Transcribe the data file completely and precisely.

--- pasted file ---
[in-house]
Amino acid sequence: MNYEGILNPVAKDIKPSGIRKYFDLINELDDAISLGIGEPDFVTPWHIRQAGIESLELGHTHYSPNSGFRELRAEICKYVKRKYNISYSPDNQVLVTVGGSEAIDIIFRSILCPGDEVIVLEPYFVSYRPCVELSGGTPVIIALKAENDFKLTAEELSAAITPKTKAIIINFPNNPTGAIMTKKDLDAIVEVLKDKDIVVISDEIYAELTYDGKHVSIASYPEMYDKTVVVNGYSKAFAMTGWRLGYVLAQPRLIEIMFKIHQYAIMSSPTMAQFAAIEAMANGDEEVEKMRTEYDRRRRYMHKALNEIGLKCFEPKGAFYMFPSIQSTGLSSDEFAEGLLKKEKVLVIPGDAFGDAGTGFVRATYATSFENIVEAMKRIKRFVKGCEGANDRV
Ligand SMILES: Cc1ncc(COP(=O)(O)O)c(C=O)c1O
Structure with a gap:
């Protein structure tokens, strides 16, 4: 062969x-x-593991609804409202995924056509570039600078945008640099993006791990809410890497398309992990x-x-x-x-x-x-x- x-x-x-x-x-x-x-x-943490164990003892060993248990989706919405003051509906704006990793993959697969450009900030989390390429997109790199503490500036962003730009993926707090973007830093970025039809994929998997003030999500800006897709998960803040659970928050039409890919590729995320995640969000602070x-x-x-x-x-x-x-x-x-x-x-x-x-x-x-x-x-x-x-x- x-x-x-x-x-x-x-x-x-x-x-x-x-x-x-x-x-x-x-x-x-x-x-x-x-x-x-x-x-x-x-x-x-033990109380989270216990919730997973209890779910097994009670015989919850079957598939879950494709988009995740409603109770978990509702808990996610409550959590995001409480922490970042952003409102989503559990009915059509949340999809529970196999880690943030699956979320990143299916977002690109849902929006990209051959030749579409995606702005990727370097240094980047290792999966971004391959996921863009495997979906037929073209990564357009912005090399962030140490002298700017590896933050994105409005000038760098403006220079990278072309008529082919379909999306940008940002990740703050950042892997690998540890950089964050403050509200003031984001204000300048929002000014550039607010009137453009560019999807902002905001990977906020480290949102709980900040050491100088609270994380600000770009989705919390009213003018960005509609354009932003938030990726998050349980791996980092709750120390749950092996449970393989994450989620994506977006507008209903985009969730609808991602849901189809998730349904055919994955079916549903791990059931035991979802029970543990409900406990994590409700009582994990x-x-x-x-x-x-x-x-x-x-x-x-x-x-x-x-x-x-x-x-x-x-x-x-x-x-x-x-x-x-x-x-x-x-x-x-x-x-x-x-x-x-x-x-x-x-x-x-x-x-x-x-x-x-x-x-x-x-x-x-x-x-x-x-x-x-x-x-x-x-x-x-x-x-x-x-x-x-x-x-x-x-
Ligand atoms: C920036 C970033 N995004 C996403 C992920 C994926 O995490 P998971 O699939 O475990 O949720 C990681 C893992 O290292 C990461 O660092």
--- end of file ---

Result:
[in-house]
Amino acid sequence: MNYEGILNPVAKDIKPSGIRKYFDLINELDDAISLGIGEPDFVTPWHIRQAGIESLELGHTHYSPNSGFRELRAEICKYVKRKYNISYSPDNQVLVTVGGSEAIDIIFRSILCPGDEVIVLEPYFVSYRPCVELSGGTPVIIALKAENDFKLTAEELSAAITPKTKAIIINFPNNPTGAIMTKKDLDAIVEVLKDKDIVVISDEIYAELTYDGKHVSIASYPEMYDKTVVVNGYSKAFAMTGWRLGYVLAQPRLIEIMFKIHQYAIMSSPTMAQFAAIEAMANGDEEVEKMRTEYDRRRRYMHKALNEIGLKCFEPKGAFYMFPSIQSTGLSSDEFAEGLLKKEKVLVIPGDAFGDAGTGFVRATYATSFENIVEAMKRIKRFVKGCEGANDRV
Ligand SMILES: Cc1ncc(COP(=O)(O)O)c(C=O)c1O
Structure with a gap:
């Protein structure tokens, strides 16, 4: 062969x-x-593991609804409202995924056509570039600078945008640099993006791990809410890497398309992990x-x-x-x-x-x-x- x-x-x-x-x-x-x-x-943490164990003892060993248990989706919405003051509906704006990793993959697969450009900030989390390429997109790199503490500036962003730009993926707090973007830093970025039809994929998997003030999500800006897709998960803040659970928050039409890919590729995320995640969000602070x-x-x-x-x-x-x-x-x-x-x-x-x-x-x-x-x-x-x-x- x-x-x-x-x-x-x-x-x-x-x-x-x-x-x-x-x-x-x-x-x-x-x-x-x-x-x-x-x-x-x-x-x-033990109380989270216990919730997973209890779910097994009670015989919850079957598939879950494709988009995740409603109770978990509702808990996610409550959590995001409480922490970042952003409102989503559990009915059509949340999809529970196999880690943030699956979320990143299916977002690109849902929006990209051959030749579409995606702005990727370097240094980047290792999966971004391959996921863009495997979906037929073209990564357009912005090399962030140490002298700017590896933050994105409005000038760098403006220079990278072309008529082919379909999306940008940002990740703050950042892997690998540890950089964050403050509200003031984001204000300048929002000014550039607010009137453009560019999807902002905001990977906020480290949102709980900040050491100088609270994380600000770009989705919390009213003018960005509609354009932003938030990726998050349980791996980092709750120390749950092996449970393989994450989620994506977006507008209903985009969730609808991602849901189809998730349904055919994955079916549903791990059931035991979802029970543990409900406990994590409700009582994990x-x-x-x-x-x-x-x-x-x-x-x-x-x-x-x-x-x-x-x-x-x-x-x-x-x-x-x-x-x-x-x-x-x-x-x-x-x-x-x-x-x-x-x-x-x-x-x-x-x-x-x-x-x-x-x-x-x-x-x-x-x-x-x-x-x-x-x-x-x-x-x-x-x-x-x-x-x-x-x-x-x-
Ligand atoms: C920036 C970033 N995004 C996403 C992920 C994926 O995490 P998971 O699939 O475990 O949720 C990681 C893992 O290292 C990461 O660092």